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July Safety Tip


Many people are exposed to heat on the job, outdoors or in hot indoor environments. Operations involving high air temperatures, radiant heat sources, high humidity, direct physical contact with hot objects, or strenuous physical activities have a high potential for causing heat-related illness. Workplaces with these conditions may include iron and steel foundries, nonferrous foundries, brick-firing and ceramic plants, glass products facilities, rubber products factories, electrical utilities (particularly boiler rooms), bakeries, confectioneries, commercial kitchens, laundries, food canneries, chemical plants, mining sites, smelters, and steam tunnels.

What is Heat Stress?

Your body is constantly working to maintain a normal body temperature but environmental conditions can overwhelm your body’s regulating abilities.

Signs and Symptoms of Heat Disorders

Heat rash is very common; sometimes it’s just moderate discomfort.  Heat cramps can be painful muscle spasms caused by lack of salt in the body.  Heavy sweating will cause this to happen.  Heat exhaustion can cause some of the following: fainting or dizziness, nausea or vomiting, weak, rapid pulse, pale or flushed face, muscle cramps, headache, no longer sweating, etc.  Heat stroke is the most serious problem and very dangerous.  Heat stroke will be incredibly hot skin, hot to the touch with internal body temperature of 105 degrees or higher.

Treatment for Disorders

For heat cramps ease up on your work pace.  Drink plenty of fluids and possibly a drink with salt/potassium in it such as Gatorade.  For heat exhaustion move the person to a cool environment and encourage them to drink plenty of fluids.  Consider using cold compresses if exhaustion continues.  For heat stroke call 911 immediately, medical attentions is needed.  Heat stroke is very serious and even cold compresses will not stop the problem from getting worse.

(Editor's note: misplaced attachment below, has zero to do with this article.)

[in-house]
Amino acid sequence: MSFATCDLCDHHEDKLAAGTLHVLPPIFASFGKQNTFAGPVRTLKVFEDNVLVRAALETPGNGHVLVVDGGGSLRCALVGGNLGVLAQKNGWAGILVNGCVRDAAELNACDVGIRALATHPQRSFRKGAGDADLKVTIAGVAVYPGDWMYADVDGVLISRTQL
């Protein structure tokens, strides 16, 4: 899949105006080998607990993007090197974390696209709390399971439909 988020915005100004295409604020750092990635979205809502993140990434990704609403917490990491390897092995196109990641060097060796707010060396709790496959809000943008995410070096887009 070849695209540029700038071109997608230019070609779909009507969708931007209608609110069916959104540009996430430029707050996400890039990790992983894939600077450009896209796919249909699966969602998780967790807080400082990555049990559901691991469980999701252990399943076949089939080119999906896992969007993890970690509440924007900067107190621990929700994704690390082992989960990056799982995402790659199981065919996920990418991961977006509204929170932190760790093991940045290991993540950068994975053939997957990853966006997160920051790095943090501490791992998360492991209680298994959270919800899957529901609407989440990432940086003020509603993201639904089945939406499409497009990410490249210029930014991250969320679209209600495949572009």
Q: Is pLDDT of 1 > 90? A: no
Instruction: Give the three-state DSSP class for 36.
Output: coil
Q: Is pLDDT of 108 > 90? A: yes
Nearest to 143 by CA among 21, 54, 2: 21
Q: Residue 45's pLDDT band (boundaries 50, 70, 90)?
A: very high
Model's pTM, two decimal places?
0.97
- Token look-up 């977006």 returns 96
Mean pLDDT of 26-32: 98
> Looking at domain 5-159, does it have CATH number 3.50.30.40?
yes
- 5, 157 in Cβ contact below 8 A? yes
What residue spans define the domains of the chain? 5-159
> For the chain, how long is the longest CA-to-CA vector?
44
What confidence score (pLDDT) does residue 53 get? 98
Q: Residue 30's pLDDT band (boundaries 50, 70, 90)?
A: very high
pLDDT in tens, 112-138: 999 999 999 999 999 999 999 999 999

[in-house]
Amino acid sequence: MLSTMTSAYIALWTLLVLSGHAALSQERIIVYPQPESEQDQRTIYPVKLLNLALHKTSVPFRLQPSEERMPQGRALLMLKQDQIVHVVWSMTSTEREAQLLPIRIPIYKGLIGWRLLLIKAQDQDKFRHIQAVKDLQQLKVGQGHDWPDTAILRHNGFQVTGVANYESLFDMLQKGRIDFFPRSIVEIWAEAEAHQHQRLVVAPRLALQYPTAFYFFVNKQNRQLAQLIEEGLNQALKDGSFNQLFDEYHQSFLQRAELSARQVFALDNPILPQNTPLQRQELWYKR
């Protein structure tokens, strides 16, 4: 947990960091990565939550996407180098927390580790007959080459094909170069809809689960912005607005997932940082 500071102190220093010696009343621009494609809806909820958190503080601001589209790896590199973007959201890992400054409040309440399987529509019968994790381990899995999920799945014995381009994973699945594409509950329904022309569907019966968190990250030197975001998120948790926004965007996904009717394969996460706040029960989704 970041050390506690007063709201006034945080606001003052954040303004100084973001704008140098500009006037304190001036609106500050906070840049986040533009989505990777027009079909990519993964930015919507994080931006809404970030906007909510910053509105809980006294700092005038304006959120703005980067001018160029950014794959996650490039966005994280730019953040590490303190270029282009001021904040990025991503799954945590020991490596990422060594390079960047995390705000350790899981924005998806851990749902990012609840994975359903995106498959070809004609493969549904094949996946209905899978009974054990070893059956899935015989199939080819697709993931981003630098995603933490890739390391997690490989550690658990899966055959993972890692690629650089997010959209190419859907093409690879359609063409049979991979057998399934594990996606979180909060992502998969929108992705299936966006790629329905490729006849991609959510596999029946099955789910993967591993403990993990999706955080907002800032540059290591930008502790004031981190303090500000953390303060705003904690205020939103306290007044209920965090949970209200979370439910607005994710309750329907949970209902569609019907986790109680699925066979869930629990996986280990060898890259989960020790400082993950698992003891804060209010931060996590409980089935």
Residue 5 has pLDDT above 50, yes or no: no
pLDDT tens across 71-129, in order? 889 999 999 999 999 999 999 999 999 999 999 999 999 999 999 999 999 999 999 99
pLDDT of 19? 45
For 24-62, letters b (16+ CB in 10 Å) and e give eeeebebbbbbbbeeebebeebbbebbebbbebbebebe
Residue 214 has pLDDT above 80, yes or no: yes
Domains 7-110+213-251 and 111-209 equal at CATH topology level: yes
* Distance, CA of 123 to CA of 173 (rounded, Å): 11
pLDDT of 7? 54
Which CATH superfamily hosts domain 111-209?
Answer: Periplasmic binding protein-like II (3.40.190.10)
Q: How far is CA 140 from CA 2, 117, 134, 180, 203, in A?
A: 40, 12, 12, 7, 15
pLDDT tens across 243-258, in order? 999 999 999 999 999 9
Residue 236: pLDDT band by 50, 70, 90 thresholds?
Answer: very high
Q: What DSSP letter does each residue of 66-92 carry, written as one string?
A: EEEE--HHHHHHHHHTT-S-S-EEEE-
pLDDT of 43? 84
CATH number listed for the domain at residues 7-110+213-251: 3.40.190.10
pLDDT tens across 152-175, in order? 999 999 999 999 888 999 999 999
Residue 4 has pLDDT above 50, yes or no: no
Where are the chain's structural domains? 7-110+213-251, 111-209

More Information and Details:  See the June 2017 Risk Reminder.

Every year, thousands of workers become sick from occupational heat exposure, and some even die. These illnesses and deaths are preventable.

Acclimatization is adaptation of the body’s system to heat.

When a person works in a hot environment, the body must get rid of excess heat to maintain a stable internal temperature. It does this mainly through circulating blood to the skin and through sweating.

How can heat-related illness be prevented?

Heat-related illnesses can be prevented. Important ways to reduce heat exposure and the risk of heat-related illness include engineering controls, such as air conditioning and ventilation, that make the work environment cooler, and work practices such as work/rest cycles, drinking water often, and providing an opportunity for workers to build up a level of tolerance to working in the heat. Employers should include these prevention steps in worksite training and plans. Also, it’s important to know and look out for the symptoms of heat-related illness in yourself and others during hot weather. Plan for an emergency and know what to do — acting quickly can save lives!